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date: 22 August 2019

Grossmith, George(i)locked

  • Leon Berger

Extract

(b London, Dec 9, 1847; d Folkestone, March 1, 1912). English actor, singer, composer and writer, father of George Grossmith. He was a courtroom reporter and comic recitalist, like his father of the same name, before becoming a drawing-room entertainer: he was sometimes called ‘G.G. II’, to distinguish him from his father, or ‘G.G.’. He began a 12-year association with the Gilbert and Sullivan Savoy operas when he made his stage début in the title role of The Sorcerer in 1877. Of slight stature, with excellent diction, dapper footwork and a light comic touch, he created what became known as the patter parts or the ‘Grossmith roles’. In 1889 he resumed his lucrative Humorous and Musical Recitals, touring in England and America.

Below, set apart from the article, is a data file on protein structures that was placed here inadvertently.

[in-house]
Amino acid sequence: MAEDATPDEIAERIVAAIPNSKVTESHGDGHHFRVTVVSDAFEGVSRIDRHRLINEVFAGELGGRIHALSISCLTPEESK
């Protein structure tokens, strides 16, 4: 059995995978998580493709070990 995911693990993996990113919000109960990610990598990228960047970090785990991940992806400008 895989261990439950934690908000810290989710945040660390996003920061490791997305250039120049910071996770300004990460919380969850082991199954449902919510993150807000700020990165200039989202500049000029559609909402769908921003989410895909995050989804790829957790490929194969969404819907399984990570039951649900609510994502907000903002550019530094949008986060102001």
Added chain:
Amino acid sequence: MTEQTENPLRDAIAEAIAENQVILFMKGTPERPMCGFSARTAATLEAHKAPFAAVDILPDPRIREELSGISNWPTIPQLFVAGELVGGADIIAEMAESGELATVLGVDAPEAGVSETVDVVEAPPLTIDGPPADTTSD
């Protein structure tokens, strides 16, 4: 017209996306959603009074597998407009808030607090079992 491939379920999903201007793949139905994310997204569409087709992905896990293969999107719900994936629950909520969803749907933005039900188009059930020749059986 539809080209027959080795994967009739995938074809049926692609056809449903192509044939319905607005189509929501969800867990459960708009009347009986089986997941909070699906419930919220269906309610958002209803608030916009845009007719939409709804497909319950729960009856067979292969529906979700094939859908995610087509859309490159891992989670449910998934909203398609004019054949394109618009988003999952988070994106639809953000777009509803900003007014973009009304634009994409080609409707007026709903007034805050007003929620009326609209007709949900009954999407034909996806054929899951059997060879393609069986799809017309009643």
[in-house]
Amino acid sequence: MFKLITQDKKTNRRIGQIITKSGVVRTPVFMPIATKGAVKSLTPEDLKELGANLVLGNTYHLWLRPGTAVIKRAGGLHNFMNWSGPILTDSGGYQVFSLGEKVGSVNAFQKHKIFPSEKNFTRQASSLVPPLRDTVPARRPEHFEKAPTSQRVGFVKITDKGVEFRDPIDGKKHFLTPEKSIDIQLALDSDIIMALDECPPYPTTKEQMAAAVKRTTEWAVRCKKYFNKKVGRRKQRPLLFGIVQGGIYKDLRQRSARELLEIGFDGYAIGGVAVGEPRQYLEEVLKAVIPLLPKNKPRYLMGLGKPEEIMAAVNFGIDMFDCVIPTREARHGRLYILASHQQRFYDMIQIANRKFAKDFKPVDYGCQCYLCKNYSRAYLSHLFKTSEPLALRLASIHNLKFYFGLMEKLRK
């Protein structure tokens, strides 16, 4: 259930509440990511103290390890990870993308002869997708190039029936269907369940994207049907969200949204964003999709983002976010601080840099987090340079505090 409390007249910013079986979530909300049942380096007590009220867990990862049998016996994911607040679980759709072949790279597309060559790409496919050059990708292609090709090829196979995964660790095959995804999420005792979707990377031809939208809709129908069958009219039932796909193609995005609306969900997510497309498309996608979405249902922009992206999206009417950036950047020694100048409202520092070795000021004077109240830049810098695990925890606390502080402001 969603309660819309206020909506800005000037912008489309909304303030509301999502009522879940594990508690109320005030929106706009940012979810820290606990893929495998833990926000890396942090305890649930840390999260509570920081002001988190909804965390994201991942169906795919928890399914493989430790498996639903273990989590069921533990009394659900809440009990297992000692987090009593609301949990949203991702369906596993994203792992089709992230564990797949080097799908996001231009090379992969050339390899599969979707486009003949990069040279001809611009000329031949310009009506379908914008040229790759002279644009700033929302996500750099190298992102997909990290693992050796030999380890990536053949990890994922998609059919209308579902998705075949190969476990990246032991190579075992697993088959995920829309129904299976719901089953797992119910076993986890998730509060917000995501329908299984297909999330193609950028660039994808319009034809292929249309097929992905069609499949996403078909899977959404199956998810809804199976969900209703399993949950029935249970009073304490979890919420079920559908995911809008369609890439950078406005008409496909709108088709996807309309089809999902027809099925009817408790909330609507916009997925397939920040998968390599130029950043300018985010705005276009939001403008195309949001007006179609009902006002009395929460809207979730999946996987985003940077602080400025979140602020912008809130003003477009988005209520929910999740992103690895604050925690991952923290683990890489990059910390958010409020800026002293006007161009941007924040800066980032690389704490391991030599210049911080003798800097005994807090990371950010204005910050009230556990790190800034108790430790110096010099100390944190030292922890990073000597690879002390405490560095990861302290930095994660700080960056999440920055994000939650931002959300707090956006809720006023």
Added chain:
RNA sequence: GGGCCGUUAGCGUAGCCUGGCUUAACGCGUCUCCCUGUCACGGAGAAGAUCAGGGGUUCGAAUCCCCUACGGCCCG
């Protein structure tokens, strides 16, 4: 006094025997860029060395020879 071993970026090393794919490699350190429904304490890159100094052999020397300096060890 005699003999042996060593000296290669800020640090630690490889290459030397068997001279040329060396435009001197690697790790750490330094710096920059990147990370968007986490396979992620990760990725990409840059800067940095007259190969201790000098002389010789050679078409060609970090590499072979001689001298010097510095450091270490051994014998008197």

According to contemporary accounts he was not much of a singer, but his own songs display a wider tessitura than the Gilbert and Sullivan repertory suggests. He was the author of and often a performer in eight operettas, nearly 100 musical sketches and some 400 songs and piano pieces. This prolific song output was mostly in a patter style, with an infectious melody and a syllabic setting for fast delivery: a third of them were published and survive, but his manuscripts along with his performing librettos from the Savoy operas were destroyed in World War II. His songs are couched in quotidian detail: London streets and their surly cab drivers and bus conductors, seedy lodging houses, obstreperous babies, and fashionable dances as in ...

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